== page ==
We’ve all been there. You’re sent away for an expensive week of training and while some of what you learned was helpful, you find it hard to apply your new knowledge.
“What was that fourth step? How do I frame the problem statement again?”
Even more, you come back to a thousand emails and a project list that hasn’t changed since you left. Then, in 6 months when you actually need to apply what you learned, you forgot what taught and the instructor is no longer around for questions.
On the other hand, think about the last time you worked with an outside agency to do a project. Let’s take, for example, a service design project that utilizes design thinking. Even if the contracted agency did a great job, what you’re left with when it’s over is often just a deliverable. It was probably detailed, well written and insightful. But… what do you do with it? We often are stuck with questions.
“How do I pull this forward? How can our team use the report to complete the work we are held accountable for? Where did these insights come from?”
Often we wish our teams had worked with the outside vendor more closely so they really understood how the agency came to the conclusions they did.
Does there have to be a tradeoff between training and real work outcomes?
Do these situations sound familiar? On one hand, classroom training leaves us swamped. On the other an out-of-context deliverable leaves us clueless.
Many people believe that this is just the way the world works—in order to develop the knowledge of our teams we have to sacrifice our productivity, and to increase our productivity, we have to sacrifice the development of our teams.
But what if we could bring together the benefits of training and project work? Could we benefit from them simultaneously? Does there have to be a tradeoff?
The answer lies in training-by-doing
As designers, we usually don’t take either/or situations at face value. We don’t believe in the training vs. doing dichotomy. We take a ‘yes-and’ approach to problems—questioning if the perceived limitations are in-fact real.
How can we both train teams and have them do real work?
It turns out, you can have the best of both efforts. Getting training doesn’t have to exclude doing project work. In fact, when you combine both training and doing, you often get better work done faster and help your team retain actionable knowledge they can re-apply to other projects.
When it comes to training-by-doing, leveraging the knowledge of an outside expert can help facilitate and accelerate this process. For example, an outside agency can work with you to execute a pressing project that your team might not have done before.
The expert trains your team in new methods, bringing in relevant knowledge, tools and examples to facilitate learning that is then directly applied to the project.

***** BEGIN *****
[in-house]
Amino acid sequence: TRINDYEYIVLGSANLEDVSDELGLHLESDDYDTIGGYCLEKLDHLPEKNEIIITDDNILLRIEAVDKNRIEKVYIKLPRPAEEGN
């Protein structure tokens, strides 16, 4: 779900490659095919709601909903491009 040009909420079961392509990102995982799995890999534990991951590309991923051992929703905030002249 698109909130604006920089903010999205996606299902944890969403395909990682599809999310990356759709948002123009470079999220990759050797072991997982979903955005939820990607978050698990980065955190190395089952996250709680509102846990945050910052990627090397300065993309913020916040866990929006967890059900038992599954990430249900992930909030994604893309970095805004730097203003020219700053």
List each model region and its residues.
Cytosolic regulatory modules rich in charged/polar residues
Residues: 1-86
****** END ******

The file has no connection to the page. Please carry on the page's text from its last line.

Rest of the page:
The most essential part of this process is collaboration. Training-by-doing is not just simply tacking on project work to the end of a lecture or having teams fill out a questionnaire. To get the benefits of both training and doing, your team and agency partner need to adopt a new mindset and approach to collaboration.
How co-design enables training-by-doing
Co-design is an approach to research, strategy and design that opens up the development process to users and other ‘non-expert’ groups. Agencies that practice co-design don’t just do work for you, but do work with you. This is the foundation of training-by-doing.
Co-design provides clarity and visibility to an otherwise opaque process. It facilitates training for those involved—allowing teams to work alongside each other on projects and learn new skills along the way. It is a process enabled by specific way of thinking, methods and tools. Although it can often be messy, the ability to make together creates shared meaning and understanding that helps people learn in ways traditional approaches can’t. It builds gut-level understanding through experience.
Here are some tips when thinking about getting started with co-design for training by doing:
Adopt Co-Design as a Mindset
Everyone is creative and experts of their own experiences. They can learn and contribute knowledge as collaborators.
The Lessons Are In The Tools
Having the right tools enables much more effective collaboration. For example, Maketools is a method pioneered by Liz Sanders. The design of learning is often baked into the design of the tools themselves.
Set Dates with Destiny
With no constraints, teams often generate a lot of ideas or talk too much—but co-design is about making things and moving forward. Setting time constraints or dates with destiny, like presentations to leaders or customers, can be useful in accelerating the process.
Involve End Users
If you are getting trained in user empathy make sure you give the team experience talking to actual customers. Making with customers is even better!
Create Moments of Reflection
To help synthesize learning of the process, ask team members to reflect from time to time about what they’ve learned and how it can apply to other projects. This approach helps solidify knowledge into long term memory.
Different Models of training-by-doing
Designing a training-by-doing program can be challenging as it is often hard to shake off the traditional approach to training and/or project work. Below are three models of how to go about it—ranging from an intensive apprenticeship to a slight ‘flipping’ of the way traditional classrooms are held.